It is said that the speakers of ancient Greece and Rome often made use of mnemonic means. The poet, statesman and world- wise Simonides von Keos was generally considered to be the inventor of the art of memory. Relevant statements can be found in Cicero , Quintilian , Pliny , Aelianus , Ammianus Marcellinus , Suidas and in the Parian Chronicle. The Parian Chronicle is a marble tablet from around 264 BC, found in Paros in the seventeenth century , and records the legendary dates of discoveries such as that of the flute, the introduction of grain by Ceres and Triptolemus, and the publication of Orpheus' poems, as well as in During the historical period, it was mainly festivals and the prizes awarded. Among them there is also a passage about Simonides: "Since the time when the Keaner Simonides, son of Leoprepes, the inventor of the system of memory aids, won the choir prize in Athens and statues were erected in honor of Harmodios and Aristogeiton 213 years." (that would be 477 BC).

Cicero describes the story of how Simonides invented the art of memory quite vividly in his rhetoric textbook De oratore , one of the three main sources on the ancient art of memory: “At a feast that was organized by a Thessalian noble named Skopas, Simonides entered in honor of his host lyrical poem, which also contained a section on the glory of the gods Castor and Pollux . The thrifty Skopas informed the poet that he would only pay him half of the sum agreed for the song of praise and that the rest should be given by the twin gods to whom he had dedicated half the poem. A little later the news was brought to Simonides that two young men were waiting outside to speak to him. He left the feast but could not see anyone outside. During his absence, the roof of the ballroom collapsed, burying Skopas and his guests under its rubble. The bodies were so crushed that the relatives trying to pick them up for burial could not identify them. But since Simonides remembered how they had sat at table, he was able to show the relatives who was their dead person. The invisible visitors, Castor and Pollux, paid generously for their part in the hymn of praise by removing Simonides from the feast just before the collapse ”.

He then describes the loci method : “Anyone who is looking to train this side of his mind must therefore choose certain places, imagine the things he wishes to keep in mind and place them in the conscious places. So the order of these places will preserve the arrangement of the material, but the picture of the things will designate the things themselves, and we could use the places instead of the wax tablet , the pictures instead of the letters Cicero then gives objections to the art of memory an explanation of how it works. It is noteworthy that he describes the visual sense as the sharpest, most memorable sense.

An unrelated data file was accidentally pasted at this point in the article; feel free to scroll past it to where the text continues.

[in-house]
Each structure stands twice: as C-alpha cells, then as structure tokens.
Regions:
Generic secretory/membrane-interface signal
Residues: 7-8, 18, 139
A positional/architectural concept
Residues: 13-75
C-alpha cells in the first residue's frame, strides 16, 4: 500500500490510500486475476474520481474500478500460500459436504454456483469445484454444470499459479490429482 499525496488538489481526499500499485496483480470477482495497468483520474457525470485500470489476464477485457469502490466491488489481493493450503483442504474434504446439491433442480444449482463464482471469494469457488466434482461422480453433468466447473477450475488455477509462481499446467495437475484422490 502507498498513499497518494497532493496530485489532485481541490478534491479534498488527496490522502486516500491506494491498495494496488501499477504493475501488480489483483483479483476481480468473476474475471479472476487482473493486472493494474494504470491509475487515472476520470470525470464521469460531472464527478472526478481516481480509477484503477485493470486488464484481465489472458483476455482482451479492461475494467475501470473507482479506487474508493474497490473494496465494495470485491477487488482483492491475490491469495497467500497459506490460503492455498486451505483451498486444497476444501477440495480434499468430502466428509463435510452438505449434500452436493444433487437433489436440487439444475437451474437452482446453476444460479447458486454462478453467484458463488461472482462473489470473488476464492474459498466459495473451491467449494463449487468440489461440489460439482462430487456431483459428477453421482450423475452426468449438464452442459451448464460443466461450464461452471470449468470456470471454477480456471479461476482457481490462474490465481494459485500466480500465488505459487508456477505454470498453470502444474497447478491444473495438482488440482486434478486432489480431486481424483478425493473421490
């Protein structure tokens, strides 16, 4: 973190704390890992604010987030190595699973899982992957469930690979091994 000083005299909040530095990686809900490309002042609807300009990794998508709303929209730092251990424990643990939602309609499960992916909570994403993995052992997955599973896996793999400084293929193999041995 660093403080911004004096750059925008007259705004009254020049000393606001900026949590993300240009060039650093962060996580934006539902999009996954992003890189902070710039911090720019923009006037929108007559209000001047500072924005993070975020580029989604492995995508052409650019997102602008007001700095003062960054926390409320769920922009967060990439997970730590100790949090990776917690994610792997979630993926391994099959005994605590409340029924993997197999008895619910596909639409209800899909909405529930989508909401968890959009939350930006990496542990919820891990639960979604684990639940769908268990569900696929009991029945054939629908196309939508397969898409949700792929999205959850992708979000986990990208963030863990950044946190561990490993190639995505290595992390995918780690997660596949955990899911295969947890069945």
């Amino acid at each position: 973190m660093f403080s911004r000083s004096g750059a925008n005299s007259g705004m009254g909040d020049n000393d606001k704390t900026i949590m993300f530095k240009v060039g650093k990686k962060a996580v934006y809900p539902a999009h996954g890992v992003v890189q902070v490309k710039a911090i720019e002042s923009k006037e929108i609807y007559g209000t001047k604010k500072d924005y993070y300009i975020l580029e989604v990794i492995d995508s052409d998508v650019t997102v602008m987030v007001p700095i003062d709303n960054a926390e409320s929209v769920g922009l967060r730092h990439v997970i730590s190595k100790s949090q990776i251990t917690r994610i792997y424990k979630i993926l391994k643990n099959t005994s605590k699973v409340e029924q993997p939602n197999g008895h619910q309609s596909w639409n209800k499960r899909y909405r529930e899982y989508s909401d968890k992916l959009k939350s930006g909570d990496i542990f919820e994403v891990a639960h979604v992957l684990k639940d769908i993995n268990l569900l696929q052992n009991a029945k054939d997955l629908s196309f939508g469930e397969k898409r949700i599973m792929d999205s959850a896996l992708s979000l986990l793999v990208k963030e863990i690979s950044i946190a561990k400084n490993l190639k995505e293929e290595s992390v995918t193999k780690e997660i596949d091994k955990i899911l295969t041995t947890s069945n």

In addition to the position in Ciceros De oratore , the passages on mnemonics in the Institutio oratoria , a textbook on rhetoric by Quintilian , and the anonymous Ad C. Herennium libri IV are important for the development of mnemonics. Ad Herennium , incorrectly attributed to Cicero in the Middle Ages, formed the pattern on which the numerous medieval texts on the art of memory - always as part of rhetoric training - were based. All in all, these texts are considered to be the three main sources of ancient memory art, which were not only used for this purpose, but also became the starting point for numerous new approaches.

The Auctor ad Herennium describes the desired quality of the places and images and gives tips for practice. He demands z. B. to set a sequence for the locations so that nothing gets out of order and all memories are easily accessible. They should neither push too much into the foreground nor be too inconspicuous, but they can come from the imagination. 30 feet is the optimal distance between the locations. He also recommends numbering every fifth place. He gives us the only known number symbols from Roman antiquity: a golden hand for the 5 and a person named Decimus for the 10. He gives an example word for word and explains how to remember connections and whole sentences finds memorable images. Finally, he turns against prepared images as recommended by the Greeks, whereby in addition to the necessarily insufficient selection, he also takes into account the individual differences of the people.